Thursday, August 10, 2006

Google Genericide

Last month, the Washington Post noted that Google had officially entered Merriam-Webster's Dictionary.


One entry found for google.

Main Entry: goo·gle
Pronunciation: 'gü-g&l
Function: transitive verb
Inflected Form(s): goo·gled; goo·gling /-g(&-) li[ng]/
Usage: often capitalized
Etymology: Google, trademark for a search engine
: to use the Google search engine to obtain information about (as a person) on the World Wide Web
You'd think Google would have been proud, in just eight years they've been able to make their own addition into the English language. They've, it seemed, "coined a phrase". Google however, took offense to the Washington Post article that read: "Google, the word, now takes its place alongside the handful of proper nouns that have moved beyond a particular product to become descriptors of an entire sector -- generic trademarks."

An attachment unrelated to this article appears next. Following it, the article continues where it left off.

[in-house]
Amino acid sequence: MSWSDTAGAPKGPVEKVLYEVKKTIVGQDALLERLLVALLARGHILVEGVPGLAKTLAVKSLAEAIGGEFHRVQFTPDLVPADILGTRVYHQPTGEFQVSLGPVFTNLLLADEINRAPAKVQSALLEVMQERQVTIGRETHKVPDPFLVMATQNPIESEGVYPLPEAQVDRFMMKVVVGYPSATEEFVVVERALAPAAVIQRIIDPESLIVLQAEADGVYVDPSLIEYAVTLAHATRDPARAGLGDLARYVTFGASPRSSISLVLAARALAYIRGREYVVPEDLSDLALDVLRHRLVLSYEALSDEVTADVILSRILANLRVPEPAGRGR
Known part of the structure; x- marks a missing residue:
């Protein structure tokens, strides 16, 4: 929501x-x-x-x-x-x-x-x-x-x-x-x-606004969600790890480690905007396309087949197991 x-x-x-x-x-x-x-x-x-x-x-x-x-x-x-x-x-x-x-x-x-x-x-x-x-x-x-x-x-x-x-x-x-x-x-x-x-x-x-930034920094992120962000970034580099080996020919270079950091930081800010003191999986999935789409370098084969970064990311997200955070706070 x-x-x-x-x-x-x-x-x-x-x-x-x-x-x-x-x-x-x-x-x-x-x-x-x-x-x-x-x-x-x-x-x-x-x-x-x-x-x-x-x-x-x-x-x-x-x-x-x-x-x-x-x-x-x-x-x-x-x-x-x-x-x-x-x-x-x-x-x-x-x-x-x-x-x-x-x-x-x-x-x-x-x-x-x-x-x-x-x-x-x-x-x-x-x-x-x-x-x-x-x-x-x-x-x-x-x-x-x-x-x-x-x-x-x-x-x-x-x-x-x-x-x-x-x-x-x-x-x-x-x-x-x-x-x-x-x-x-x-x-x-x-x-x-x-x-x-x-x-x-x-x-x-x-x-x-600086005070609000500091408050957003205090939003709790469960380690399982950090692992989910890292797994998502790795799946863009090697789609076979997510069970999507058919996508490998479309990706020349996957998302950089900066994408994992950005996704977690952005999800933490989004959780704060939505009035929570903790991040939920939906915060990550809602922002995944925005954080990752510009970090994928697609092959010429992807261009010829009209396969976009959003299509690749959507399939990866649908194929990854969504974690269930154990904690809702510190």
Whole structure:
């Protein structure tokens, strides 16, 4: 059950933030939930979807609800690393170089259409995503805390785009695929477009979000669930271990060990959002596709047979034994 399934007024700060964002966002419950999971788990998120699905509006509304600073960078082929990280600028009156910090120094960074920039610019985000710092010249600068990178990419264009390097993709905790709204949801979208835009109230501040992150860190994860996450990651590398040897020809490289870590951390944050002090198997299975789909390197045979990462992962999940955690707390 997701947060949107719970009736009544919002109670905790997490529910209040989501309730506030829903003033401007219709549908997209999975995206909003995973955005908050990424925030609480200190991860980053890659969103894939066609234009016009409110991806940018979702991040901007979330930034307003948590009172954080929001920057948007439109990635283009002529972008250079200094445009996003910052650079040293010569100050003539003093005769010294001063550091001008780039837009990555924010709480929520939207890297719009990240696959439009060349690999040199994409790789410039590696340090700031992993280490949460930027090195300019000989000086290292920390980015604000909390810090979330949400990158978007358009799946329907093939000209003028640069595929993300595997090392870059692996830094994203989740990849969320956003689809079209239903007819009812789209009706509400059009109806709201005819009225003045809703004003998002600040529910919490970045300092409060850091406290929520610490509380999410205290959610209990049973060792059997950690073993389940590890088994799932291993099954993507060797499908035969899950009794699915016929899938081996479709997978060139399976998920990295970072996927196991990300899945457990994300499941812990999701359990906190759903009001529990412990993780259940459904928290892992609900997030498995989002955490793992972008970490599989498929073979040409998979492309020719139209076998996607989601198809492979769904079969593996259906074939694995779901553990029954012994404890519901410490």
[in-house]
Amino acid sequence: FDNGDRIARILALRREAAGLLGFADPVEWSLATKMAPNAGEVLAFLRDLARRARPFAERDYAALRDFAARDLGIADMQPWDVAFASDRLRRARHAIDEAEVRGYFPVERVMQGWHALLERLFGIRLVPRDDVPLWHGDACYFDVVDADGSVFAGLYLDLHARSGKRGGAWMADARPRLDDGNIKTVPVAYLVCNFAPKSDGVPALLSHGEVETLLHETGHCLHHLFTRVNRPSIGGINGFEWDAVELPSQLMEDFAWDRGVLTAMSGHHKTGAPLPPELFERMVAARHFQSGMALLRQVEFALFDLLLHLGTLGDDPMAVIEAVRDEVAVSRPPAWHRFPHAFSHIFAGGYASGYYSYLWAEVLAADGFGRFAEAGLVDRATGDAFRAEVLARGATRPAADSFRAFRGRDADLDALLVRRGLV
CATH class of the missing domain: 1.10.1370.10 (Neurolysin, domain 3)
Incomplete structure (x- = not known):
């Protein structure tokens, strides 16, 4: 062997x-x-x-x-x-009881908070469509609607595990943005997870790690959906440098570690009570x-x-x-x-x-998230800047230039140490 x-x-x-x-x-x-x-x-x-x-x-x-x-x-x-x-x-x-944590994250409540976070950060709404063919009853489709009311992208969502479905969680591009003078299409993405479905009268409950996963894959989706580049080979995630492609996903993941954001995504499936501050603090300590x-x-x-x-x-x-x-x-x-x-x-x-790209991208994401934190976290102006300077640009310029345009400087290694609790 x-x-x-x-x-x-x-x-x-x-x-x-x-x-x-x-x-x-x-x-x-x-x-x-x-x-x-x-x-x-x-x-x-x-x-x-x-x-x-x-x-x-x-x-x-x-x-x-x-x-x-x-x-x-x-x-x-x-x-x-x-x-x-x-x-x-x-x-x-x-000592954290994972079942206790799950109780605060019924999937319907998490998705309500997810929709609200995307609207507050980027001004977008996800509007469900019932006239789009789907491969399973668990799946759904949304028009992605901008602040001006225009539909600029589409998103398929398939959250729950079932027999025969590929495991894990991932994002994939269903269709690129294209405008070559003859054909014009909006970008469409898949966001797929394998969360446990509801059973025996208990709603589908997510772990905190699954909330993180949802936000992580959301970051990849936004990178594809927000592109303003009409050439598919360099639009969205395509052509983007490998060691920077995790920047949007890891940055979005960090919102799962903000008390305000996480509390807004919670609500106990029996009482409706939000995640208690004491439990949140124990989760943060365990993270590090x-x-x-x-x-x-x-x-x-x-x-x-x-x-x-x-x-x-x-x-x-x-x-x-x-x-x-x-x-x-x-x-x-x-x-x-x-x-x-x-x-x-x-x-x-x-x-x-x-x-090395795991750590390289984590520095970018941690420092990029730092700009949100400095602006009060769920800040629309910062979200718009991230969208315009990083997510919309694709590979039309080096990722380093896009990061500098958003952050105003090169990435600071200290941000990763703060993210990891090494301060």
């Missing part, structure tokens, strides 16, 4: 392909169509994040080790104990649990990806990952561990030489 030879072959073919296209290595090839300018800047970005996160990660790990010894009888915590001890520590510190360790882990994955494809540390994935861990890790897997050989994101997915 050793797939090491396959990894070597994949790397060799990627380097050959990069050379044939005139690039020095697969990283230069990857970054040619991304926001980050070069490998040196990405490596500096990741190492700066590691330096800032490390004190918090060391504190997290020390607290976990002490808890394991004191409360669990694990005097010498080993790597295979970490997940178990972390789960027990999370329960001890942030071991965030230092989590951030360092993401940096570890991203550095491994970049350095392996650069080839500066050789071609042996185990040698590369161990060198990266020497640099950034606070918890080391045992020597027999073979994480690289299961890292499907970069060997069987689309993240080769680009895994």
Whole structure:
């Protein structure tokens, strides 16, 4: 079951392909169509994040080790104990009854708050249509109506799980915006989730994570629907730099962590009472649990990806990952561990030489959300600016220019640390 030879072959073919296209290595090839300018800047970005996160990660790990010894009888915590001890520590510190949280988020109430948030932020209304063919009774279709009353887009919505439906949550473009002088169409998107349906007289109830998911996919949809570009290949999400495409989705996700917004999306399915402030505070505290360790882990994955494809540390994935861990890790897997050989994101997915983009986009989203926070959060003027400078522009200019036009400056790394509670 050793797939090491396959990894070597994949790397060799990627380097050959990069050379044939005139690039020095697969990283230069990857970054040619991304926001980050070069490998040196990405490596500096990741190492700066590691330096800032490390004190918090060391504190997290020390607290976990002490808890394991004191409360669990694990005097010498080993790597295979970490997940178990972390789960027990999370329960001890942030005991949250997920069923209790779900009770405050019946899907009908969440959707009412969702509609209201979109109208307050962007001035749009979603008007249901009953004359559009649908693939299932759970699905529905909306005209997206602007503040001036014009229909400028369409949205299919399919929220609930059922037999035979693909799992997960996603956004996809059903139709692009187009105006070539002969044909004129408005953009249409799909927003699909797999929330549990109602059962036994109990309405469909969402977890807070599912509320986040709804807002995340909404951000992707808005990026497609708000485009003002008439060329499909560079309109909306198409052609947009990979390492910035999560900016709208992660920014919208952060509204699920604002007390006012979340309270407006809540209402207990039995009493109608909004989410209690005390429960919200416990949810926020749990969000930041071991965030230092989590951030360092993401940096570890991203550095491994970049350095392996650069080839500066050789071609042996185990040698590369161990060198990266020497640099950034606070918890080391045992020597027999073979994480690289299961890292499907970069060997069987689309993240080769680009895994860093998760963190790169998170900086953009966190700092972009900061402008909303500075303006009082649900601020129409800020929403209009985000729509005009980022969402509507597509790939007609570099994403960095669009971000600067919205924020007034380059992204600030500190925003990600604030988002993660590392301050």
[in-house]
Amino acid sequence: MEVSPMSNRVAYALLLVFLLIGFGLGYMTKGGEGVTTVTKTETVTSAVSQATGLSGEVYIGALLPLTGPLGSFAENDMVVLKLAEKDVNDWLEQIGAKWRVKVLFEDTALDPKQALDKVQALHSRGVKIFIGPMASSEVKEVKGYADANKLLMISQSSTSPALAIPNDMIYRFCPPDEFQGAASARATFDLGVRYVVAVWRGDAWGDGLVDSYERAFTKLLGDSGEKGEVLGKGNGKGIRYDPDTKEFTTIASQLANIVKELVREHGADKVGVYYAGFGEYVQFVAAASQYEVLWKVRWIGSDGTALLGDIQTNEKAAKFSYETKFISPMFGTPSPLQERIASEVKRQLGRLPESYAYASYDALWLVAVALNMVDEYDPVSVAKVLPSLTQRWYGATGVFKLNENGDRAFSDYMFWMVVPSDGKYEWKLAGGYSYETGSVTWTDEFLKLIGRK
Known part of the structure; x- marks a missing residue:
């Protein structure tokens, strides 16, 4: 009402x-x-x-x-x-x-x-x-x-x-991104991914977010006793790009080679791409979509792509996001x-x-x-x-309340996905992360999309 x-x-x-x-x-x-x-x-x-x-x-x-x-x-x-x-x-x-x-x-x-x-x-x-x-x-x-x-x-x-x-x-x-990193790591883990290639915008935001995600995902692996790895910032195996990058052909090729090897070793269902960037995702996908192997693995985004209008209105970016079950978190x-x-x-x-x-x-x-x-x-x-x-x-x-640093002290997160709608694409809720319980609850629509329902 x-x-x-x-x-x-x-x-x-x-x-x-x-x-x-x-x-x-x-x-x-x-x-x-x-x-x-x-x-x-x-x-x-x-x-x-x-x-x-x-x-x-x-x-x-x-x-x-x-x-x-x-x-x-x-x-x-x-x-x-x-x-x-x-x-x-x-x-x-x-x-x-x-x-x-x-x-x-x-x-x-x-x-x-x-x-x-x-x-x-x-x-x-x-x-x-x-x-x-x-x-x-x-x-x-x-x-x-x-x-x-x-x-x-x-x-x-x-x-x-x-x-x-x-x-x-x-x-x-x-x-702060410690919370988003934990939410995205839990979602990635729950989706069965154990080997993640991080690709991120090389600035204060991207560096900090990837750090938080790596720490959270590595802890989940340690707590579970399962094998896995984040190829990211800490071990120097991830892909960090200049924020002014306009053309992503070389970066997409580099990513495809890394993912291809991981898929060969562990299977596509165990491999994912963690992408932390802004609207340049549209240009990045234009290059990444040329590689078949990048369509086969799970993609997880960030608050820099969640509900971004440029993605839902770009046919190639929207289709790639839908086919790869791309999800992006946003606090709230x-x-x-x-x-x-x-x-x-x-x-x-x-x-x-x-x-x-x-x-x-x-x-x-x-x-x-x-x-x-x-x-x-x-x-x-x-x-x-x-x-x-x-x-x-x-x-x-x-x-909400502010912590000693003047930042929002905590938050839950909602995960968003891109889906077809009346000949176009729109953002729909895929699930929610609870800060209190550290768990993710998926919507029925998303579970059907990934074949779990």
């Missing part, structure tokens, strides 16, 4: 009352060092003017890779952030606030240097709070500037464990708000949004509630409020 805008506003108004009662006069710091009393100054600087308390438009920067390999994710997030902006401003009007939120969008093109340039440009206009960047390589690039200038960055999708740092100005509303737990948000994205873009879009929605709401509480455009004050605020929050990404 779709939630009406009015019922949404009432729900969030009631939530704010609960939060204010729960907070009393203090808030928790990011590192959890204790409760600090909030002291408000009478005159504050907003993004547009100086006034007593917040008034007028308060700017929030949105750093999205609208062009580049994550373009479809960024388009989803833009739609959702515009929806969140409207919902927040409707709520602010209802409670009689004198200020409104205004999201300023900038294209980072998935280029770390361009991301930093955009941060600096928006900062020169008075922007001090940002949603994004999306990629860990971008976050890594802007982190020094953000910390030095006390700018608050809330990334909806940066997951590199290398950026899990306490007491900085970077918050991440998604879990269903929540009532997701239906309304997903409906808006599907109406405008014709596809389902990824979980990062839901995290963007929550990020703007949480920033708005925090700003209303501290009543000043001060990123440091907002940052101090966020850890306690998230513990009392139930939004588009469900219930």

Although perturbed Google offers to lend a hand with correct and incorrect usage of the word.

" Appropriate: He ego-surfs on the Google search engine to see if he's listed in the results.

Inappropriate: He googles himself."

" Appr opriate: I ran a Google search to check out that guy from the party.

Inappropriate: I googled that hottie."

Hmm. Wonder how that one managed to slip past Google public relations.

via [Washington Post]


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